Fri, Jul 12, 2013 - Page 3 News List

Video at natural fire vents sparks heated debate on Internet

FINGER-POINTING:Local netizens berated tourists for entering restricted areas and playing with fire. One responded that Taiwanese do the same

By Tsai Chung-hsien and Jason Pan  /  Staff reporter, with staff writer

Hot debate has gone around the online community after a group of Hong Kong tourists posted videos of themselves cooking food and playing with fireworks in parts of Kenting National Park (墾丁國家公園) where such activities are prohibited.

The controversy arose because at the Chuhuo Natural Fire scenic area, where the activities took place, the lines are often blurred between what is forbidden and what is allowed, and enforcement by local authorities is lax.

Anyone visiting the Chuhuo Natural Fire scenic area, a site with open vents of fire fed by natural underground gases, will notice the prominent displays of “do not enter” signs and warnings against prohibited activities.

Despite these, vendors openly sell merchandise in the restricted areas and it is common to see tourists setting off fireworks at night.

The controversy has been reignited after a video posted by Hong Kong tourists on YouTube was widely circulated. The video was titled “Visit to Kenting — Part 4. To Chuhuo Natural Fire scenic area.”

The video showed a group of people using the natural gas fire vents to cook popcorn and light sparkler sticks and fireworks.

A number of Taiwanese netizens chastised the visitors for breaking national park regulations, asking: “Did you think the ‘do not enter’ sign meant ‘welcome, please enter’?”

“This behavior damages Taiwan’s environment, yet they still dared to post the video for everyone to see,” one person wrote. “Before touring Kenting National Park, visitors should do their homework first.”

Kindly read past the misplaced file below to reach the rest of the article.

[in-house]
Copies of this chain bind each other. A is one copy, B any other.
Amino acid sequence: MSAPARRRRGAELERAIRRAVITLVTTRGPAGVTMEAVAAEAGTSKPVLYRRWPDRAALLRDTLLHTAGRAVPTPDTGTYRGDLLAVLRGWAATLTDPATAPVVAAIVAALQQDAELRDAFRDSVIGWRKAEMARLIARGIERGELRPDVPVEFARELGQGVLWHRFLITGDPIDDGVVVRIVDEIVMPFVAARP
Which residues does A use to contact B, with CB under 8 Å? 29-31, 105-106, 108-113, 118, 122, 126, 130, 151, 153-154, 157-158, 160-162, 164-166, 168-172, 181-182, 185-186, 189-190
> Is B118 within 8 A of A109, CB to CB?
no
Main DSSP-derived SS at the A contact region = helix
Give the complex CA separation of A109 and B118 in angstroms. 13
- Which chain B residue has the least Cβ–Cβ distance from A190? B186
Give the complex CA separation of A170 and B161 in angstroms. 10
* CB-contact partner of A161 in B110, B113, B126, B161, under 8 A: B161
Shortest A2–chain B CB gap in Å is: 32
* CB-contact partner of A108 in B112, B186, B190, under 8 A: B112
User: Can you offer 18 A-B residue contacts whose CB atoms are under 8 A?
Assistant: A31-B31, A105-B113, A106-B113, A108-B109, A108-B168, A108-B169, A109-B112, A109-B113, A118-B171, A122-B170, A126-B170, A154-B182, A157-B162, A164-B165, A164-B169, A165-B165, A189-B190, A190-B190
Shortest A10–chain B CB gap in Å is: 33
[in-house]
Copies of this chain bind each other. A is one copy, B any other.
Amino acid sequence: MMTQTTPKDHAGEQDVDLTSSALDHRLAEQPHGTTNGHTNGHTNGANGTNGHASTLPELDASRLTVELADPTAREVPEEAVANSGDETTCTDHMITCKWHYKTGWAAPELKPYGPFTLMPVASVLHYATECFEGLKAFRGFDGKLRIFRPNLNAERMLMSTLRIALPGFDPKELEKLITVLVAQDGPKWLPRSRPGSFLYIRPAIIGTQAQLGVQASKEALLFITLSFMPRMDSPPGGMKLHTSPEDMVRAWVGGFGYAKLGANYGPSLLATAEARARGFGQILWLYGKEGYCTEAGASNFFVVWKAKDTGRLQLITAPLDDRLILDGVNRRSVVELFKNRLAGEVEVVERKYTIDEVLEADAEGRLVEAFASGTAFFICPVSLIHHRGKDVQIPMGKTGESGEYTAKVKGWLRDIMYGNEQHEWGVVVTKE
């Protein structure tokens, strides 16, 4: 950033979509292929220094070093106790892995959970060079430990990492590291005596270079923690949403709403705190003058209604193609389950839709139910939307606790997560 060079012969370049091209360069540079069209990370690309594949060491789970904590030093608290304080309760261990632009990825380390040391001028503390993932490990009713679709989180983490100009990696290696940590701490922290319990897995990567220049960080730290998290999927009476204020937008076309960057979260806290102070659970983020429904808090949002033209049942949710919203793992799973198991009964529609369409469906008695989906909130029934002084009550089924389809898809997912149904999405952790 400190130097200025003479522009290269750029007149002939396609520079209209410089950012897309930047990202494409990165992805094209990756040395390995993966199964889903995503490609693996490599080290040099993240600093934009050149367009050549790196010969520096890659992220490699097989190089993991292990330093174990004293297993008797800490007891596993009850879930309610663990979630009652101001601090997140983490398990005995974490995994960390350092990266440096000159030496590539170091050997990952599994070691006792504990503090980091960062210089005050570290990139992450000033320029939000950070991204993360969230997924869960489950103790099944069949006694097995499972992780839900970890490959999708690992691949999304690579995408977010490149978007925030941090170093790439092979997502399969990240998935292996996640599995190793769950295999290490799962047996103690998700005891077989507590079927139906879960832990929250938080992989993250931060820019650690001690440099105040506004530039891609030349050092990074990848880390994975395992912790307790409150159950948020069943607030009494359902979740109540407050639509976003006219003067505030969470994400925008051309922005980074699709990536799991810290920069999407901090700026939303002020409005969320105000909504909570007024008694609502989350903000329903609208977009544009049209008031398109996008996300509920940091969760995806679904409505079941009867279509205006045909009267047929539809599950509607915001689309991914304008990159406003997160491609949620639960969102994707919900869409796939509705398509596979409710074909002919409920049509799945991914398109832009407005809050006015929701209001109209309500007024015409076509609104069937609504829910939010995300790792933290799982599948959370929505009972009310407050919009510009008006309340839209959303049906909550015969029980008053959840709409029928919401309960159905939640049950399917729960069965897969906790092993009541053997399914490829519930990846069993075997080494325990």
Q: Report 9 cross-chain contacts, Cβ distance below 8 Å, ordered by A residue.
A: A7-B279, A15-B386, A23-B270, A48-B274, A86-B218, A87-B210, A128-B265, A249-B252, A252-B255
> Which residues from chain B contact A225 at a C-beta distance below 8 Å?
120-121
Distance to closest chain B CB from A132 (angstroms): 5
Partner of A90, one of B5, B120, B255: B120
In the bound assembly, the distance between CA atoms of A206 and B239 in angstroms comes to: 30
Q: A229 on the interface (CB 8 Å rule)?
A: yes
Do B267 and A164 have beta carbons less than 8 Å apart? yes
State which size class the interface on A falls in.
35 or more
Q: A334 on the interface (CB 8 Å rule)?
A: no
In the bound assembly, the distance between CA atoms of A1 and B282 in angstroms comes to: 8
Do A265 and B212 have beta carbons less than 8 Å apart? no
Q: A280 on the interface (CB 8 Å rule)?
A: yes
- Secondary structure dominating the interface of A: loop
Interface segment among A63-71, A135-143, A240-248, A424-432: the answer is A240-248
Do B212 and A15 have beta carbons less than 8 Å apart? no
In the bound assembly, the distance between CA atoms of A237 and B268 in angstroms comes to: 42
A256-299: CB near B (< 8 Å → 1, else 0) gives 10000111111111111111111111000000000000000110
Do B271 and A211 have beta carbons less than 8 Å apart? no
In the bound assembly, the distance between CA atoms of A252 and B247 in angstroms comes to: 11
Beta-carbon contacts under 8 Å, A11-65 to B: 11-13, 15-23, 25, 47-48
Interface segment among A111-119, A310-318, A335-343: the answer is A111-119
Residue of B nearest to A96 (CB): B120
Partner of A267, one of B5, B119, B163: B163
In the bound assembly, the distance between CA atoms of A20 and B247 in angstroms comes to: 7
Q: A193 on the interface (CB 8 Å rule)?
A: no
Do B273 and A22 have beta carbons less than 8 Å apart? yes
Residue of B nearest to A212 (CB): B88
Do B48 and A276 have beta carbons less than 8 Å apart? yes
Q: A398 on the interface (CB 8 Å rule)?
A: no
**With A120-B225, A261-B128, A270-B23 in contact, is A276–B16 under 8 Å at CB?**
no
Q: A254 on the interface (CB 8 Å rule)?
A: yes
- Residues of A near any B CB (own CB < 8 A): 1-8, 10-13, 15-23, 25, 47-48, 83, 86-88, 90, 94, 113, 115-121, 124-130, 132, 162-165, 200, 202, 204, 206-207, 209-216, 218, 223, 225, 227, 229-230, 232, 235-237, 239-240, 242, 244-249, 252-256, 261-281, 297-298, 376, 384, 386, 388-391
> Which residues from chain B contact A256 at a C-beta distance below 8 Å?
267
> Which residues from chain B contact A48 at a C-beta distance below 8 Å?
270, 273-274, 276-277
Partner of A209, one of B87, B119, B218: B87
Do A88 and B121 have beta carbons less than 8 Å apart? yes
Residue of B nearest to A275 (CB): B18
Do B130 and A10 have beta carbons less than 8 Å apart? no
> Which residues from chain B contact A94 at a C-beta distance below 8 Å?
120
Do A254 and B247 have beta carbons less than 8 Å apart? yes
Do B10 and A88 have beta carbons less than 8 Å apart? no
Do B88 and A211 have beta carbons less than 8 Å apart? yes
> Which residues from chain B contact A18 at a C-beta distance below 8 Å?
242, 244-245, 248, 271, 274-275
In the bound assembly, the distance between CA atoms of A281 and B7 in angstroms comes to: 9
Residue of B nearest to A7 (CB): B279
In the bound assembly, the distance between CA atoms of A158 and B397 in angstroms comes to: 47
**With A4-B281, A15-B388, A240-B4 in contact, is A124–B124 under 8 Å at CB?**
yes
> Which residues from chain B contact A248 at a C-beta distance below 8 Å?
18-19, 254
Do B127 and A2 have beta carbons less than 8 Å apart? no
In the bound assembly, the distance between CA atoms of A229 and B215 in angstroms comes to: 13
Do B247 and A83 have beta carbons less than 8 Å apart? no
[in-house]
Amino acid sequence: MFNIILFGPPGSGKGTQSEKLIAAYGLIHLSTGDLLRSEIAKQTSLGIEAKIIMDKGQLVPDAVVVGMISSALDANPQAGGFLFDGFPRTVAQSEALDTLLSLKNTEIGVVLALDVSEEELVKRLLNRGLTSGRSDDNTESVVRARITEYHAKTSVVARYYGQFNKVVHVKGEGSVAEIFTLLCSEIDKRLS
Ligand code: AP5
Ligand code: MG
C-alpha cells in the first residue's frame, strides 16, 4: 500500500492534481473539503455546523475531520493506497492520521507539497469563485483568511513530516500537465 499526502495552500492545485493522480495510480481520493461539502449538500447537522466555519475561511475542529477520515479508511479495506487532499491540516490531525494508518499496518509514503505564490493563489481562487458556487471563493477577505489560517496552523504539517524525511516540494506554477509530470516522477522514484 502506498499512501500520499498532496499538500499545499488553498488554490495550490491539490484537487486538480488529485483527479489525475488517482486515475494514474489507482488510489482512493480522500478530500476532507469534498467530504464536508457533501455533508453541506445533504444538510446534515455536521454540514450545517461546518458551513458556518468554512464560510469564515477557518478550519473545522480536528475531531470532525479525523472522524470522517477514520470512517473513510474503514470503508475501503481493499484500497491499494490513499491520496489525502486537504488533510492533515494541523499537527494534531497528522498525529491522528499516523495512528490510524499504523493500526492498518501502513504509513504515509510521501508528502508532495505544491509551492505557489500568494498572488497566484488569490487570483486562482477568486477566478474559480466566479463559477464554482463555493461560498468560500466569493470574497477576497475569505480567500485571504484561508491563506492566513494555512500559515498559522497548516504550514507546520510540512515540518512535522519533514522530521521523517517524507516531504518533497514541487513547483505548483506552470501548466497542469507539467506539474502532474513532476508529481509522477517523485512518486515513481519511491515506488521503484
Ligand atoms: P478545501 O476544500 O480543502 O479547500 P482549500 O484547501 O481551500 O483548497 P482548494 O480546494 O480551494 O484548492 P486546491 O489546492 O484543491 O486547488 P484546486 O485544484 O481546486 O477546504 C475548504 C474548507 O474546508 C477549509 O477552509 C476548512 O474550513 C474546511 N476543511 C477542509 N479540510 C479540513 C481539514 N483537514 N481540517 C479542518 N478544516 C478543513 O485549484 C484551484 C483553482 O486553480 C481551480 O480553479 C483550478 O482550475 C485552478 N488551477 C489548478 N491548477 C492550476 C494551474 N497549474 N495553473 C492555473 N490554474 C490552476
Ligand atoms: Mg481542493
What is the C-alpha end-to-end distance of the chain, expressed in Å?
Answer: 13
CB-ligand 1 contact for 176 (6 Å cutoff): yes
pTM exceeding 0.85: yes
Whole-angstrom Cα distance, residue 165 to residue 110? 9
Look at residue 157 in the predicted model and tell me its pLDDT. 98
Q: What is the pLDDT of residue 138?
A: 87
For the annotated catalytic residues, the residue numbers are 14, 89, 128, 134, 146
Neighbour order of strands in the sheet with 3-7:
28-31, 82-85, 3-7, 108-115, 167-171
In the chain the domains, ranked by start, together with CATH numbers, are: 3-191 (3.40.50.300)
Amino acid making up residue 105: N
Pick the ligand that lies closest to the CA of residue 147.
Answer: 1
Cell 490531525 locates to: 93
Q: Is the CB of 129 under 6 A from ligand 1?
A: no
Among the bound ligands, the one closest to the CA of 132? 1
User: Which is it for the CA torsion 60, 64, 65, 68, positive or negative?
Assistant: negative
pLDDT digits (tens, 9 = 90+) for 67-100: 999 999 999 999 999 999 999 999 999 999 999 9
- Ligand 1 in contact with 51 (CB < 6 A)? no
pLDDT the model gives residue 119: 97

However, Hong Kong netizens fought back.

“Do all Taiwanese only stand outside the fire vent area? They all did the same thing, entering the fire vent area and lighting fireworks there,” one wrote. “If you do not wish to see outsiders do these things, then the locals, Taiwanese, should set an example.”

On a site visit this week, reporters did find a number of vendors going into the restricted zone to roast eggs over the fire vents and selling the cooked eggs when tourists approached.

It was observed during the half-hour period that no Taiwanese bought roasted eggs from the vendors.

When interviewed, head of Kenting National Park Headquarters Chen Chen-jung (陳貞蓉) said her office is planning to install wooden walkways around the natural gas fire vents and to close off the roads into the scenic park to prevent entry by vendors and local residents.

“These few vendors have been selling roasted eggs and popcorn in the area. When they see police coming, they play hide-and-seek. We will ask the police units of Kenting National Park to beef up their patrol and enforcement,” Chen said.

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